[4]               Bullock and Sanderson orders are available in Canada. A Bullock order permits an unsuccessful party to claim an indemnity for costs from another unsuccessful party. A Sanderson order permits a direction that the indemnifying party under a Bullock order pay the costs of the other unsuccessful party to the successful party, directly.
The Court affirmed the following three part test set out in UBG Builders Inc.:
[6]               Yamauchi J in UBG Builders Inc. (at para 7), citing authority, provides a recent update of the application of these two cost principles:
[7]        Courts in Alberta have made Bullock orders and Sanderson orders. The test to determine whether a court should grant such an order was articulated by Perras J in Allen (Next friend of) v University Hospitals Board, 2000 ABQB 965 (CanLII) at para 6, 276 AR 345, where he said the following:
The test is this:

was it reasonable for [the Plaintiff] to join the successful defendants given the circumstances;
is there any good reason to deprive the successful defendants of costs; and
were the unsuccessful defendants vis a vis the successful defendants wholly responsible for the action.

The Co-Defendant argued that the third part of the test was not met because the action was not over, it had a strong defence, and there was a strong argument for contributory negligence.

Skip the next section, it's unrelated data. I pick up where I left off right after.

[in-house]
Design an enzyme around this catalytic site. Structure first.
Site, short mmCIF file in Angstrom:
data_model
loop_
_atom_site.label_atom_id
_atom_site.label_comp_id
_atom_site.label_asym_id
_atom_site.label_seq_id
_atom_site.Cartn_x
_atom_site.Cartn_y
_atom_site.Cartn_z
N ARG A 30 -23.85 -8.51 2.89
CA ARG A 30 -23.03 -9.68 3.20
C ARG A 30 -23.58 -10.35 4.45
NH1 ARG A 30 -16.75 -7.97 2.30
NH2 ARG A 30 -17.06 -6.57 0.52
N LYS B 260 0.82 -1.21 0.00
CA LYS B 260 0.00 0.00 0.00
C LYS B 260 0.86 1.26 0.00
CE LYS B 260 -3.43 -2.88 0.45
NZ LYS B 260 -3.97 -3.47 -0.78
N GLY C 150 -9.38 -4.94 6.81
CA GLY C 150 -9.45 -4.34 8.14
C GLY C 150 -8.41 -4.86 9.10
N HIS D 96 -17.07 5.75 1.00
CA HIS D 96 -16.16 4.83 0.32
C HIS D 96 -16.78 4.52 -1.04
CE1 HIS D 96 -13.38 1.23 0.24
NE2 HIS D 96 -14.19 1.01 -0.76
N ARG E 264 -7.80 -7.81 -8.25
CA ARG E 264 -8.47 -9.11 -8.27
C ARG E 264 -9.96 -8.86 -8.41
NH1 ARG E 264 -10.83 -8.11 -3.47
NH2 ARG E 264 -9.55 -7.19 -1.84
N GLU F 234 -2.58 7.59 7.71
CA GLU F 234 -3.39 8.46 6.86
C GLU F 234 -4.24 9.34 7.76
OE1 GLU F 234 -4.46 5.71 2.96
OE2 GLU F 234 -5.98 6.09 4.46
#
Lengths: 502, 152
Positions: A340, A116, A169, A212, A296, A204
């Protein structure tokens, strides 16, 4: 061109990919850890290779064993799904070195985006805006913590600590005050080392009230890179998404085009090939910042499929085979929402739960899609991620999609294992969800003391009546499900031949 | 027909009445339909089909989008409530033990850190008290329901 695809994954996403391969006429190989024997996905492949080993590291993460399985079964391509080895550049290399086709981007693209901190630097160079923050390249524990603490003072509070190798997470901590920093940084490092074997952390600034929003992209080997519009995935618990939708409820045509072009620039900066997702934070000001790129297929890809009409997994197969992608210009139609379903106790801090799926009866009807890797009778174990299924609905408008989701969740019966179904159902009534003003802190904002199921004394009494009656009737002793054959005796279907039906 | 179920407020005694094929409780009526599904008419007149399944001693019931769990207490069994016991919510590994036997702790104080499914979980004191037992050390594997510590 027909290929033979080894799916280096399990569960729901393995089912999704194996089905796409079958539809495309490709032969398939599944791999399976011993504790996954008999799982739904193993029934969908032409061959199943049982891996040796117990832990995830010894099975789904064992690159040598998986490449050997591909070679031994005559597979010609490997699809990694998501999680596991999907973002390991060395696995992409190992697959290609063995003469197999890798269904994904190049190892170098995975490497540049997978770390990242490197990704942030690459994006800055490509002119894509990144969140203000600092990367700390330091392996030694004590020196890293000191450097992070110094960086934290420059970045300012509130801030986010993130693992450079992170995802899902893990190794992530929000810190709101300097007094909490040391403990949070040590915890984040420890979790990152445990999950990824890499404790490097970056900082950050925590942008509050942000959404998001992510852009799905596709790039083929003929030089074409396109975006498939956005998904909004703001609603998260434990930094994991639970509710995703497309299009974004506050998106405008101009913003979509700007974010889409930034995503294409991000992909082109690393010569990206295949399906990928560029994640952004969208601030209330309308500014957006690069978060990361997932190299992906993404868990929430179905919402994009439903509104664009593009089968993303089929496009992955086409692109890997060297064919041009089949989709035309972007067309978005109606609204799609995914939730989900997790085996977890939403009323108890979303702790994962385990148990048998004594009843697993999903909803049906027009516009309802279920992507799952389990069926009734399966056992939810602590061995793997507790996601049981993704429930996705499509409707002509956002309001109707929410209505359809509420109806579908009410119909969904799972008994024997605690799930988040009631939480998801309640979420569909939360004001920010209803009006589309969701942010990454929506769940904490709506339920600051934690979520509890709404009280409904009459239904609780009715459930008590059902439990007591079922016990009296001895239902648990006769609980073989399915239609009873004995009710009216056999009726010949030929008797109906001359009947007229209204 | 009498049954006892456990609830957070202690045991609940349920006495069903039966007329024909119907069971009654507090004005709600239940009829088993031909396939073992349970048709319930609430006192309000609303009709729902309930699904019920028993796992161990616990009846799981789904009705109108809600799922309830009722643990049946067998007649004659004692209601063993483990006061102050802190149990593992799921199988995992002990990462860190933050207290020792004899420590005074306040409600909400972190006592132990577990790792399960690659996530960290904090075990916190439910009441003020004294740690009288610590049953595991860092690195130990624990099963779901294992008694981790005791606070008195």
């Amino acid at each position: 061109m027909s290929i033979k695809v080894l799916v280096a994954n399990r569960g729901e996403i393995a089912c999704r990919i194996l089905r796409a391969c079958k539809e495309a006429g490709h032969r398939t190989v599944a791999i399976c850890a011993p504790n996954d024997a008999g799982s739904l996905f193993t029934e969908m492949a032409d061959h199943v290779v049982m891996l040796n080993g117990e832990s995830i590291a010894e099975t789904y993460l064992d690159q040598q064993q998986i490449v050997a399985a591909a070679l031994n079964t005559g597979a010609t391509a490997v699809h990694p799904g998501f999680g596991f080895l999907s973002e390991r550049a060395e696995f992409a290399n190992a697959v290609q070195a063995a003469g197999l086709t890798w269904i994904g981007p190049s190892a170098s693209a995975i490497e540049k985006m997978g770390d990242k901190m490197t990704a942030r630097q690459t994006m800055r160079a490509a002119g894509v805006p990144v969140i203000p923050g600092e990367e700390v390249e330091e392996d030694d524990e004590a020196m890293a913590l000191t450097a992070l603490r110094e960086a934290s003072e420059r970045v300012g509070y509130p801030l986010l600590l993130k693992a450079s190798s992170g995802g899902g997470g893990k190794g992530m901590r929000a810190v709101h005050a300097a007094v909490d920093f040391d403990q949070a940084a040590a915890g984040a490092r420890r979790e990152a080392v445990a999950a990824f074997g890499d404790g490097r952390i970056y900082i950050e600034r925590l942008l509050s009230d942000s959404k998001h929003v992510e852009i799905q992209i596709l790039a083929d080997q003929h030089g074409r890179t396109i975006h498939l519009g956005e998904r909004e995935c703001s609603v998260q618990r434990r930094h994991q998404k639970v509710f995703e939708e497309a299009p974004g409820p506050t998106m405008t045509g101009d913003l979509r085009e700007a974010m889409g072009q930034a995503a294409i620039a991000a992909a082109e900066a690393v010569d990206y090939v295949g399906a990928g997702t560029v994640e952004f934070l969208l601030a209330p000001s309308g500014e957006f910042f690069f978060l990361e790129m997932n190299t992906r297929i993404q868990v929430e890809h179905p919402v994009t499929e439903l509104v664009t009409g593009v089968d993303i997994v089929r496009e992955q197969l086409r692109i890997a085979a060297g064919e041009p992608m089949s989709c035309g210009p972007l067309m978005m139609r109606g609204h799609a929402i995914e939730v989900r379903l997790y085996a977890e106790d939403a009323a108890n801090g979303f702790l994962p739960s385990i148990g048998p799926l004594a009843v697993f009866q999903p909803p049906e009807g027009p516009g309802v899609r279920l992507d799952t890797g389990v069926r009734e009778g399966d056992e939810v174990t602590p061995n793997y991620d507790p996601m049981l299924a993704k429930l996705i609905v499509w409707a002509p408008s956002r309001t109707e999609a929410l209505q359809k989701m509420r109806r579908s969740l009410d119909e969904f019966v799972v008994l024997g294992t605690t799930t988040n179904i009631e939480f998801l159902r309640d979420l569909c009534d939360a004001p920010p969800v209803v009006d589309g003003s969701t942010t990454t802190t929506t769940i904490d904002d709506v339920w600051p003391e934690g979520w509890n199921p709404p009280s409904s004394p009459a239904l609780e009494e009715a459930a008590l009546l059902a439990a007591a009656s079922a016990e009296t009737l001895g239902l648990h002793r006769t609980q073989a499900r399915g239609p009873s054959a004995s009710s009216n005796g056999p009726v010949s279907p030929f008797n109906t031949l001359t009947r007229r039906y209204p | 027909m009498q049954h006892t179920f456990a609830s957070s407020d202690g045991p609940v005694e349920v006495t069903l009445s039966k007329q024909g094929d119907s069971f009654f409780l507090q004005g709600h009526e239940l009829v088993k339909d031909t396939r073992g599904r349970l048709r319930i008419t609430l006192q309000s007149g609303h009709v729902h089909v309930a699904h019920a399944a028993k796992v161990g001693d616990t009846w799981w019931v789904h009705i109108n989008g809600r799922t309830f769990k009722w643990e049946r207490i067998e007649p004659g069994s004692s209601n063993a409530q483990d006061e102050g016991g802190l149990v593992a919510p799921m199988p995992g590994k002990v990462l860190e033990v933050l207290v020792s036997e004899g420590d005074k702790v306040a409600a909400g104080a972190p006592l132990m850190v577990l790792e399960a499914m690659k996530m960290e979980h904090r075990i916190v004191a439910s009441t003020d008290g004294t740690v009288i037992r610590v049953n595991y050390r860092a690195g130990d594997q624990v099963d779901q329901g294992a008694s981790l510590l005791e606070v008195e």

The Court concluded that the test does not require the unsuccessful Defendant to be wholly responsible, and ordered that costs be paid by the Co-Defendant on the following basis:
[10]           The Society’s excavation was responsible for the action. I acknowledge that whether there is an apportionment of liability at the end of the day may be an open question. But the test does not require that the unsuccessful Defendant be wholly responsible for the accident.
[11]           The Court has a wide discretion with respect to costs. The acts of the Society and the impecuniosity of the Plaintiff all support having the Society pay the costs the Plaintiff would otherwise owe to the County. I acknowledge that there may be a defense, or an apportionment at the end of the day but there will also be a final cost determination at which point the County’s costs paid to the Society might be revisited by the trial Judge.

CWC Well Services Corp v Option Industries Inc, 2019 ABCA 331

This was a Court of Appeal decision affirming the Master and Justice’ s decisions to decline to strike a claim for failing to advance the Read More

CBM and ‘Food For Thought’ Team Up to Beat Hunger at School

CBM Lawyers is very pleased to join forces with local charity Food For Thought to provide breakfast, lunch and snacks to hungry students at Mount Royal School starting this September. The Food For Thought program began in 2002 and now provides meals to 500 students at 14 Edmonton schools every single day.
“As lawyers, we spend our days thinking about how to help resolve our clients’ problems. That would not be possible if we showed up for work hungry. That’s why we are so pleased to have the chance to help kids get the most out of their school day by providing the fuel they need to achieve their best.” Read More